• Should be taken while sitting quietly
    • Never taken during or immediately after activity
    • Best time: morning after wakening
    • Take HR 3 days in a row and avg the numbers
    • Adults: 60-100 bpm (beats per minute)
    • Conditioned Athletes: 40-60 bpm
    • If over 100 bpm: poor condition
evaluating cardiovascular endurance5
Evaluating Cardiovascular Endurance
  • Pulse Recovery Step Test
    • AKA Kasch pulse recovery test
    • AKA 3-minute step test
    • measures a persons recovery HR following 3 minutes of exercise
    • 12 in-high-step
    • A metronome device should be set at 96 counts per minute
    • Wait 60 seconds after completion to take HR
body composition
Body Composition
  • Lean Body Weight: the weight of a body after the fat weight has been subtracted
    • Measure the amount of body fat at selected points on the body using a skinfold caliper
    • Skinfold Caliper: a plier-like instrument used to measure thickness
body composition1
Body Composition
  • Fat Weight: the weight of a body after the lean body weight has been subtracted; the weight of the adipose tissue of the body
    • Body Weight x % Body Fat= Fat Weight
body composition2
Body Composition
  • Lean Body Weight
        • Body Weight – Fat Weight = Lean Body Weight (LBW)
body composition3
Body Composition
  • Recommended Ranges of Body Fat
    • It is difficult
    • Varies from person to person
    • Depends on age, gender, hereditary, and lifestyle
    • A person’s ideal % body fat is the amount of fat at which that person performs and feels best
    • Athletes: depends on the sport being played
body composition4
Body Composition
  • Less body fat is not always better
  • A certain amount of body fat is necessary for proper protection of the internal organs
  • Essential Body Fat: the minimum amount of body fat necessary for the proper protection of internal organs
  • Different for males and females
  • Male EBF: 3%
  • Female EBF: 12%
body composition and athletes
Body Composition and Athletes
  • Parallel: extending in the same direction and remaining separated by the same distance along the entire length, never crossing paths
  • Important for athletes to make sure that their body fat does not fall below the low end of the range recommended for their sport.
body composition and athletes1
Body Composition and Athletes
  • Determining Muscle Gain or Loss
    • Muscle tissue is a part of the lean body weight
    • Changes in lean body mass are going to be mainly caused by changes in the amount of muscle tissue
  • Essential to measuring individual progress in both athletic and nonathletic settings
  • Progress info can be recorded on a progress record or tracked on a computer
  • Progress is measured by improvement or in some cases by maintenance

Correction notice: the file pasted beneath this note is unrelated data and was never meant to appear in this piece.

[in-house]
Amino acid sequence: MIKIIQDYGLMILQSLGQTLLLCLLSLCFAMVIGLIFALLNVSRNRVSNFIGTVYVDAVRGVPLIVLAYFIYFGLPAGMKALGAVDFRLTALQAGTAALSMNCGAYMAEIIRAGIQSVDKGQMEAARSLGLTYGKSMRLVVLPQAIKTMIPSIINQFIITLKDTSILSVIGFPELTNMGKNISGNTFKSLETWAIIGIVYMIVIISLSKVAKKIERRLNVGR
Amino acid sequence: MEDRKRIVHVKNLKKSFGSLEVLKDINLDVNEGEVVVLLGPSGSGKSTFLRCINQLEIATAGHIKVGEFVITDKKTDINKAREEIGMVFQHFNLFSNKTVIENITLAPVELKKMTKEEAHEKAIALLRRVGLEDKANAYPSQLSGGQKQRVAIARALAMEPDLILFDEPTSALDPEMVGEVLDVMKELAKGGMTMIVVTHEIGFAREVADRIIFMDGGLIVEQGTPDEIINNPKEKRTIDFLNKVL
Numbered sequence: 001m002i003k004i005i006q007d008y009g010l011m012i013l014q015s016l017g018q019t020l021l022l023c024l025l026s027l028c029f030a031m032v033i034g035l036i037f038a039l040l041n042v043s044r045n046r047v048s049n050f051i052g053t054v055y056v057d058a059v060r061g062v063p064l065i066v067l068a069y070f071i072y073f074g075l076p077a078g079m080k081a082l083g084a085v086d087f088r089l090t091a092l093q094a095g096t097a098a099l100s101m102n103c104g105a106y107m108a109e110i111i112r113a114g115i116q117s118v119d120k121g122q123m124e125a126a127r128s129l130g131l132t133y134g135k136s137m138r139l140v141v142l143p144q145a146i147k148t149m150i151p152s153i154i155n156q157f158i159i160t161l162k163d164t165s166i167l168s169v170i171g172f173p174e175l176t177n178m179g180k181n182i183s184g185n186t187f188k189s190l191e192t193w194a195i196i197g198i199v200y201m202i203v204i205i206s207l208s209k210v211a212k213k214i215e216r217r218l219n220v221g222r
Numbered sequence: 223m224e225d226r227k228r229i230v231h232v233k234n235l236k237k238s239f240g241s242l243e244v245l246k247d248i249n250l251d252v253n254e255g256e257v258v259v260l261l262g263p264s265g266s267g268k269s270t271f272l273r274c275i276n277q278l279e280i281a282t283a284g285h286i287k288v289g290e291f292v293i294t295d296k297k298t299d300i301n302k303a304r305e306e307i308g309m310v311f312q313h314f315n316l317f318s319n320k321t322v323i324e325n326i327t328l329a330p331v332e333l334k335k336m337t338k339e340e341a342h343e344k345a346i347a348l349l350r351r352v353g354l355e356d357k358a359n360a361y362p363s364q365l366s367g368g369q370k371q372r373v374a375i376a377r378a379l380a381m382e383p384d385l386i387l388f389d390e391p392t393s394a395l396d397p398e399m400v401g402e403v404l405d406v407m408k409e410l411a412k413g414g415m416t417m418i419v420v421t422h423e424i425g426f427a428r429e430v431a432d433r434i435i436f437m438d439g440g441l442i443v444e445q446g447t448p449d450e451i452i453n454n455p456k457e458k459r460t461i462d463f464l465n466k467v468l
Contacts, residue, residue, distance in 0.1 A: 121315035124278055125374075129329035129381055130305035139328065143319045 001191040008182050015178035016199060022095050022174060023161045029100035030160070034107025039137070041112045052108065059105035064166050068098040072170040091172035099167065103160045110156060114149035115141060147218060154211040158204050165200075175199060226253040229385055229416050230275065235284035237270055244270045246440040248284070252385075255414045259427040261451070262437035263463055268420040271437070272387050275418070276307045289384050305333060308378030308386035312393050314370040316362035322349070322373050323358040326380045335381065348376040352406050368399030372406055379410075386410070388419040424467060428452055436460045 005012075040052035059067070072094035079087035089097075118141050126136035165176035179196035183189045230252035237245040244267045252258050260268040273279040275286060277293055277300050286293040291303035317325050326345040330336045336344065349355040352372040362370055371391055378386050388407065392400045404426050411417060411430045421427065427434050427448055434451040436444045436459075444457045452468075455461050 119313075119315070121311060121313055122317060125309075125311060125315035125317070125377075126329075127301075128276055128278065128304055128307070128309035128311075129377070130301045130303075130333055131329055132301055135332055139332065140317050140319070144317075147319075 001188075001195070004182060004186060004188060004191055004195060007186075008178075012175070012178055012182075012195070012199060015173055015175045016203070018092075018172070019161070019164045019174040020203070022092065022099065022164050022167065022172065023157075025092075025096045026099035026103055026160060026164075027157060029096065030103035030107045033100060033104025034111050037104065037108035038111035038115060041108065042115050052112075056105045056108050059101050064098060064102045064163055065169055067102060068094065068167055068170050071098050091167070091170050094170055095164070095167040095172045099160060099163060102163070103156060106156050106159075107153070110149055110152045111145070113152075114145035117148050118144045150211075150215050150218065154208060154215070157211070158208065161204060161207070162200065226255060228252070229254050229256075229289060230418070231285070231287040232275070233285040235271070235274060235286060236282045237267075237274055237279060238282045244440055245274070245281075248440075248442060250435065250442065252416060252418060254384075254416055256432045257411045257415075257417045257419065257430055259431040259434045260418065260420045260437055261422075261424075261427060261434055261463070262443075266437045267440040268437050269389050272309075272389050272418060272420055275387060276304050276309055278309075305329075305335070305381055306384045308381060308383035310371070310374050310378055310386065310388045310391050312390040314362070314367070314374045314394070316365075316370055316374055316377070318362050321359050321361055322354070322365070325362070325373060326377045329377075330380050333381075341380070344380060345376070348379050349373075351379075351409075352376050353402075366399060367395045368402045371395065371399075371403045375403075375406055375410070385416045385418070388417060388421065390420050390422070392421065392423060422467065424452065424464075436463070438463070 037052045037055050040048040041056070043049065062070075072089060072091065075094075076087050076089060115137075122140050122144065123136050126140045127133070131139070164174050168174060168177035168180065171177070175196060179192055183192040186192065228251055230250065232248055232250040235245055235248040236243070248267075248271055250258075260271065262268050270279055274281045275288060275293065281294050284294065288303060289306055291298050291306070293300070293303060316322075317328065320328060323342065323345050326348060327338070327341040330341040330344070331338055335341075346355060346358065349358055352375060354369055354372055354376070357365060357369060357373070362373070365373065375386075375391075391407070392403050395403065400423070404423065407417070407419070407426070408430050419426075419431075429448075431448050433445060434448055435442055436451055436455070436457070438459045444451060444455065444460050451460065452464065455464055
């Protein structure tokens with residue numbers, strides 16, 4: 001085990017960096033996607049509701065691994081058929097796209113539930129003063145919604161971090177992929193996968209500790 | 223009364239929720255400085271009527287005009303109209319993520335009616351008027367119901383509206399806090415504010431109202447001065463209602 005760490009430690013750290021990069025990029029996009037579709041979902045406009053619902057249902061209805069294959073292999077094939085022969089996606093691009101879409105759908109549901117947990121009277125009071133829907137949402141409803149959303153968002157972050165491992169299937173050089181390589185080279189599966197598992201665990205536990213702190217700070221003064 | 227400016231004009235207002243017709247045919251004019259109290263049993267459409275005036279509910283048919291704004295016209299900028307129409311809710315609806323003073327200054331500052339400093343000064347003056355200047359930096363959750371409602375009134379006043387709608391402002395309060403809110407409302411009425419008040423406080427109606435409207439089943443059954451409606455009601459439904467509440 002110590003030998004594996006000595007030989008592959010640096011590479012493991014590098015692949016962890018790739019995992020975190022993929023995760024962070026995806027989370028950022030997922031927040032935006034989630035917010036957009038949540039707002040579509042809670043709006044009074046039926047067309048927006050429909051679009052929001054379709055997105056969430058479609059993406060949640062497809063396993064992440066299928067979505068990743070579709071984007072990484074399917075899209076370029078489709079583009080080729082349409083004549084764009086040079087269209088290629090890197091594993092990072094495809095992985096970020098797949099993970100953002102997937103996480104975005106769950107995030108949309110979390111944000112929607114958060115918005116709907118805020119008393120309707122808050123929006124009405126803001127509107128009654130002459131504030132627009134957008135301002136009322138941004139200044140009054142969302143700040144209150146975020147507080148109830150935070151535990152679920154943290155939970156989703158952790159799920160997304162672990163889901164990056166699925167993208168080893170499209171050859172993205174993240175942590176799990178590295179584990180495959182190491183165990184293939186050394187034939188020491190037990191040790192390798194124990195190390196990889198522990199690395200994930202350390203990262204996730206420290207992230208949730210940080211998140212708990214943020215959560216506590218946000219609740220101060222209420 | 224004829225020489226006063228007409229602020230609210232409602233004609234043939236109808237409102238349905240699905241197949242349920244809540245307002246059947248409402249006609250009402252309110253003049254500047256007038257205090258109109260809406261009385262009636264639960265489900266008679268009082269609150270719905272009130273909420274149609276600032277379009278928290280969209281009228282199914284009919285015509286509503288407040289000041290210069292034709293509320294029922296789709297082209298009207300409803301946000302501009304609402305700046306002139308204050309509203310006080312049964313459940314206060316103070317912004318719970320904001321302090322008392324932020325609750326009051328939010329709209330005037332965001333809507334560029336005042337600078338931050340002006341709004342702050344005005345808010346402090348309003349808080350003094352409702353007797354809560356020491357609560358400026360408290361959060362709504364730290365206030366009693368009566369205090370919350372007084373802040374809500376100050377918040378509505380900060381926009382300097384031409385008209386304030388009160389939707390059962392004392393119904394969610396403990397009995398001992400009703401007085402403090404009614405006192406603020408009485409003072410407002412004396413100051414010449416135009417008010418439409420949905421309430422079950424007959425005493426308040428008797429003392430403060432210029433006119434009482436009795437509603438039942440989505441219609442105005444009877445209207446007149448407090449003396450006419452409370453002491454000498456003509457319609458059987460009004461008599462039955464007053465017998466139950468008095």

special consideration
Special Consideration
  • Everyone is different
  • Always consider the unique physical requirements of the person’s daily activities
    • Ex: career, lifestyle, physiological
  • Fitness potential can be influenced by a varied of factors that may be beyond a person’s control or determined by profession.
musculoskeletal capabilities and limitations
Musculoskeletal Capabilities and Limitations
  • It is not realistic to hold everyone to the same standards of fitness
  • Clients will look elsewhere for guidance if there HC providers do not take this into consideration.
  • Limitations in strength, flexibility, and cardio can result from injuries or congenital conditions
  • Congenital: a condition present at birth
musculoskeletal capabilities and limitations1
Musculoskeletal Capabilities and Limitations
  • Soft tissue injuries
  • Surgeries
  • Illnesses
  • Amputations
  • Neural Damage
  • Age
other physical and medical conditions
Other Physical and Medical Conditions
  • Everyone should have a physical exam performed by a physician to determine if they have any preexisting conditions
  • Clients with high blood pressure (hypertension) or low blood pressure (hypotension) require special considerations in their physical fitness assessments
  • Normal BP is 120/80
  • Hypertension can exert extreme pressure on blood vessels.
  • If the pressure gets too high, there is a danger of rupturing vital blood vessels, particularly those of the brain or heart.
other physical and medical conditions1
Other Physical and Medical Conditions
  • Do not even attempt to assess a client with abnormal blood pressure until the client has a physical exam and begins appropriate intervention
  • The physician can then recommend an appropriate level of exertion for that individual
  • Pregnancy is another condition that requires consideration
  • Because of the location of the fetus, pregnant women should not participate in activities such as sit-ups that put excessive strain on the abs
  • Push-ups may become impossible as well
other physical and medical conditions2
Other Physical and Medical Conditions
  • Certain activities may also be contraindicated for pregnant women.
  • A physician should always determine which activities are appropriate for a given pregnant woman before any testing takes place